Why do foreigners speak better Malay than Malaysians? Japanese student asks

Ono said he was taken aback during a recent holiday trip in northern states like Perak and Penang when he found that many people did not understand basic Malay. — YouTube screengrab
Ono said he was taken aback during a recent holiday trip in northern states like Perak and Penang when he found that many people did not understand basic Malay. — YouTube screengrab

SHAH ALAM, Feb 8 — A Japanese exchange student in Malaysia was surprised to learn that some natives struggle to converse in Bahasa Malaysia while some migrant workers are fluent in it.

Masaya Ono who is studying at Universiti Teknologi Mara (UiTM) on a foreign exchange programme said he was able to pick up Bahasa Malaysia after living here for only six months.

"In Japan, we prioritise our language to a point where many Japanese citizens can't speak English. Even tourists and foreign workers know the language.

"But what is shocking is that a foreigner like me can speak better Malay (than some Malaysians). Even Nepali and Bangladeshi security guards at my place can speak better Malay," the 21-year-old told ProjekMMO, Malay Mail Online's sister publication in Bahasa Malaysia an interview last week.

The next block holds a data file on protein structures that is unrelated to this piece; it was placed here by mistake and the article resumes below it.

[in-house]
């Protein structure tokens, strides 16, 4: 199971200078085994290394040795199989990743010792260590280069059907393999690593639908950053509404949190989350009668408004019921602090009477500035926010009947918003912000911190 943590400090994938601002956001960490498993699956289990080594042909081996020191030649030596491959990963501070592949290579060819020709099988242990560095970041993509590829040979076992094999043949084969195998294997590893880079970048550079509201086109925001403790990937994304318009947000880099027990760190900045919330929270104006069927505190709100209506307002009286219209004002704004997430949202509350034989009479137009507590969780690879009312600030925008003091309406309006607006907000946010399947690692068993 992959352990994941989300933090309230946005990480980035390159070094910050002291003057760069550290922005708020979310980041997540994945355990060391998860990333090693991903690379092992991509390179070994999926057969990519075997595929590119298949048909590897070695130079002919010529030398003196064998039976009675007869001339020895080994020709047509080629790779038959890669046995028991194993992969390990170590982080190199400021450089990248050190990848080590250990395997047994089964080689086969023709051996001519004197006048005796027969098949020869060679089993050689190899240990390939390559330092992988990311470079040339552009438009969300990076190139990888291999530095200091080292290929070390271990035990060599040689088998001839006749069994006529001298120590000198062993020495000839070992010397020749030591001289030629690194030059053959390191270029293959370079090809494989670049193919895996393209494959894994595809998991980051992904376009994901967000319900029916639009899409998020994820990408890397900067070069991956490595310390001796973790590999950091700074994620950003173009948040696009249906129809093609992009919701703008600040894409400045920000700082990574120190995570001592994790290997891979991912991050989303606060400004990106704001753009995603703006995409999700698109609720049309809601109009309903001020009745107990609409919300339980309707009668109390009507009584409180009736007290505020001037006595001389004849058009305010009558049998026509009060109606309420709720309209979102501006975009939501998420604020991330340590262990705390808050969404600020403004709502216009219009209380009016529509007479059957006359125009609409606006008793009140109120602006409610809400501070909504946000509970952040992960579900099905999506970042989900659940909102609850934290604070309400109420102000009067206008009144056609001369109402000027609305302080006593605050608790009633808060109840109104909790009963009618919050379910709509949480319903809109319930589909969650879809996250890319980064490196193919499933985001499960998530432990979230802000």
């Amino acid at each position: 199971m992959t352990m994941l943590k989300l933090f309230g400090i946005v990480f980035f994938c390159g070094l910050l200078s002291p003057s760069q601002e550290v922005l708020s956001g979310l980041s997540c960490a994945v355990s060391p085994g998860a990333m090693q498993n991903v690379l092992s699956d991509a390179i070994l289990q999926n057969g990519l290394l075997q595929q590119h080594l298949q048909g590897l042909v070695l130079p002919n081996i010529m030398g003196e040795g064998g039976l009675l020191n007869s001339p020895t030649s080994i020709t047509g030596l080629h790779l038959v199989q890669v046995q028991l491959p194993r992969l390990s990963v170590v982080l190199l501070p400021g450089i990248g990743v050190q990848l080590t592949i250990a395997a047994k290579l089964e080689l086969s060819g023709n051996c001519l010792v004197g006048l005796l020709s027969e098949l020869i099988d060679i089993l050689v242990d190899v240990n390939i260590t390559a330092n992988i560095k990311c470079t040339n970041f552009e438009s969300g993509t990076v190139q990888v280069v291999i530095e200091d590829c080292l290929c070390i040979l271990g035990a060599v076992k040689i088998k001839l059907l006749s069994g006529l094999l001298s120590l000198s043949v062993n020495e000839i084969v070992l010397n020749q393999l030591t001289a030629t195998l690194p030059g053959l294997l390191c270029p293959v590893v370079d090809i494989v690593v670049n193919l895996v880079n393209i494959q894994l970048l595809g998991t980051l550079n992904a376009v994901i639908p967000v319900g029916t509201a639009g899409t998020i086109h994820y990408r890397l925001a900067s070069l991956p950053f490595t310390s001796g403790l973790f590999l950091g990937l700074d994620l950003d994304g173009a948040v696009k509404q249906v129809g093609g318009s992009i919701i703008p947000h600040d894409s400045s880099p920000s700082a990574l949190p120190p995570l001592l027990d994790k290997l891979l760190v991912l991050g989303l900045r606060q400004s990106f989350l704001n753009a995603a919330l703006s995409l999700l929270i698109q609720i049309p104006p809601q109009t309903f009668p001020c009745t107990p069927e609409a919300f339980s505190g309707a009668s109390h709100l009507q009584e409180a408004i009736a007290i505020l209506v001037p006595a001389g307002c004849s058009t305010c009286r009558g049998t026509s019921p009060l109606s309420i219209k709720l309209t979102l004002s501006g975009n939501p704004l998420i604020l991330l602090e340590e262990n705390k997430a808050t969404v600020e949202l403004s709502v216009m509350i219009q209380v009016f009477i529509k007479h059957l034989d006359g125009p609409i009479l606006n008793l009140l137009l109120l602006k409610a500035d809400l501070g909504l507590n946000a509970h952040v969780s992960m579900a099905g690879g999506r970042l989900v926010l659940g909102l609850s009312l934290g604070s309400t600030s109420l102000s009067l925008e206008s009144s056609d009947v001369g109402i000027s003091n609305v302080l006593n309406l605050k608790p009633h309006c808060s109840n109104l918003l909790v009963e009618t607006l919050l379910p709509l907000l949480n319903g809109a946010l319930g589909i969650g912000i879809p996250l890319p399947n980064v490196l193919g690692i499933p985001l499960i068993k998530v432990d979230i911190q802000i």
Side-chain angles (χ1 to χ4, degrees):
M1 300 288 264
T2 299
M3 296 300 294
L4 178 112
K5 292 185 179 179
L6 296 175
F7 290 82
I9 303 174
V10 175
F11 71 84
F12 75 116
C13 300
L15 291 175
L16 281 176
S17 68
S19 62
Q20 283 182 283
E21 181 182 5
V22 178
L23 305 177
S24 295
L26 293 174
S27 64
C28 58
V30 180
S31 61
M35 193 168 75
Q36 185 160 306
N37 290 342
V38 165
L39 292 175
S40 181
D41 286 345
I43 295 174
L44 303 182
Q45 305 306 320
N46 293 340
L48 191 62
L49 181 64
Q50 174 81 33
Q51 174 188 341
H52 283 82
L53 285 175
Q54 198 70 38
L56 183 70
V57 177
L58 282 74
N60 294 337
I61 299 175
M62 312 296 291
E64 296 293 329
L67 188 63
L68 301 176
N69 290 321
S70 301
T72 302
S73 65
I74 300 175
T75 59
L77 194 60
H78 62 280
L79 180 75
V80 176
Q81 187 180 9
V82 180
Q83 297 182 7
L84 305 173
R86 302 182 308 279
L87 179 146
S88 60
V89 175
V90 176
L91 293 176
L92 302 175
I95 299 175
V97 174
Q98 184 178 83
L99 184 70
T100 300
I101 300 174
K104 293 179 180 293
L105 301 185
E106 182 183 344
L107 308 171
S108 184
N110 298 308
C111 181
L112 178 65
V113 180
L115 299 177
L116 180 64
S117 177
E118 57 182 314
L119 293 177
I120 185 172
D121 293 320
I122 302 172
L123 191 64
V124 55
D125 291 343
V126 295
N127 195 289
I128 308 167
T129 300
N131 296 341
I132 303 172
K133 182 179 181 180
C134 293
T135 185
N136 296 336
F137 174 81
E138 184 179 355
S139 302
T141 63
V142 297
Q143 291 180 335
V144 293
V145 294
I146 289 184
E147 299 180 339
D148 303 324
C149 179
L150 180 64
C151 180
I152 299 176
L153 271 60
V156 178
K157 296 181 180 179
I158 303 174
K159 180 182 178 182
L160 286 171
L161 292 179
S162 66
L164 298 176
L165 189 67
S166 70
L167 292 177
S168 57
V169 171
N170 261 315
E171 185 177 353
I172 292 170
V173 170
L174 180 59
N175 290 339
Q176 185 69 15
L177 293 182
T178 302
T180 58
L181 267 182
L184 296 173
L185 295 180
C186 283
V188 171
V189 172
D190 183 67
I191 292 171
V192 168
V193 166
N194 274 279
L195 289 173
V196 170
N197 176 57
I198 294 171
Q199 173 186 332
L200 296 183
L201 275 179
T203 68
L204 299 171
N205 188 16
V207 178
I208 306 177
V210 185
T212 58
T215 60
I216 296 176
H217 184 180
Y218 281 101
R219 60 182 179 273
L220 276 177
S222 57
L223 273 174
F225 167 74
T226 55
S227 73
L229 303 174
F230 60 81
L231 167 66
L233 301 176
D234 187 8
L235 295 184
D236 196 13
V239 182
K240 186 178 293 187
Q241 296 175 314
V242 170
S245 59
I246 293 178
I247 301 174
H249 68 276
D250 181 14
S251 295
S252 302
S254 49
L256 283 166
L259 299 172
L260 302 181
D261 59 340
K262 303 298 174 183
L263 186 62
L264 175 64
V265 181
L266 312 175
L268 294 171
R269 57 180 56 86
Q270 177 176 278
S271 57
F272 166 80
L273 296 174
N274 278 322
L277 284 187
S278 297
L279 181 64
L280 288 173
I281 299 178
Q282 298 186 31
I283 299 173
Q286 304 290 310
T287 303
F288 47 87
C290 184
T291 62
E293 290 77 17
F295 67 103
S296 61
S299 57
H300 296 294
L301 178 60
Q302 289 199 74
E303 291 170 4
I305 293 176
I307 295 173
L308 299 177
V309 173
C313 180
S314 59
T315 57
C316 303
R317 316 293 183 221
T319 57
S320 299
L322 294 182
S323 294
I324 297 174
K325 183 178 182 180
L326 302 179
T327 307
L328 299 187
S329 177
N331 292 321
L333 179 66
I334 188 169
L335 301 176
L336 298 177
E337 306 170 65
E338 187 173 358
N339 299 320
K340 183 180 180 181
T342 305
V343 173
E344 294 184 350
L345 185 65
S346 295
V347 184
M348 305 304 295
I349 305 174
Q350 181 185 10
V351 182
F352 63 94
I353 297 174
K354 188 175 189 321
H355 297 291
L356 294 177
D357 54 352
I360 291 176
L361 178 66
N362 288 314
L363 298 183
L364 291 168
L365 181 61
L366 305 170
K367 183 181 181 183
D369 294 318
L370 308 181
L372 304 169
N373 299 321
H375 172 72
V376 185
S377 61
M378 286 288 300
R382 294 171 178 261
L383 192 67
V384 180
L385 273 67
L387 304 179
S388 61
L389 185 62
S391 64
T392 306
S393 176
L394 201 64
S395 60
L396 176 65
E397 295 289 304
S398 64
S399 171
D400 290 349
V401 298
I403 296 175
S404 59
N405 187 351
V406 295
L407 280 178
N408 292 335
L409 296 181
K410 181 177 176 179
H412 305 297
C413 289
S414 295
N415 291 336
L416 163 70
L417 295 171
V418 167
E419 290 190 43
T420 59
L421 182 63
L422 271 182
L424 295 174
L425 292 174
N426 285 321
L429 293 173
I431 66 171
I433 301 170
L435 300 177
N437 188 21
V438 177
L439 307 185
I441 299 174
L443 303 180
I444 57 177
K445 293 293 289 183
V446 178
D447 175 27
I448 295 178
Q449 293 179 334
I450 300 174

"Foreigners are better, how can this happen? It is strange," the student from Bunkyo Gakuin university added.

Ono admitted that it took him some time to learn the basics of the Malay language, and that he sought the help of his university mates in UiTM, several translation books as well as Google to help him understand the language better.

But he also related that he was compelled to speak the language because he has been mistaken for a local.

"Maybe, it’s because my face is not like a Japanese person’s, people think I am local. But it is good, indirectly it teaches me to speak Malay. Sometimes when I want to buy food, the food seller asks me 'hendak makan apa? Makan di sini?' (what would you like to eat? Eating here?)" he said.

Ono said he was taken aback during a recent holiday trip in northern states like Perak and Penang when he found that many people did not understand basic Malay.

"I was in Ipoh and took a GrabCar. I was shocked that the driver did not understand what I had said in Malay. In the beginning I spoke English and he replied in Chinese, thankfully I spoke some basic Mandarin," the student said.

He recounted a similar experience in Penang, where workers in several shops he went did not understand Malay or even English.

"I think it is impossible they are not fluent in the national language," he said.

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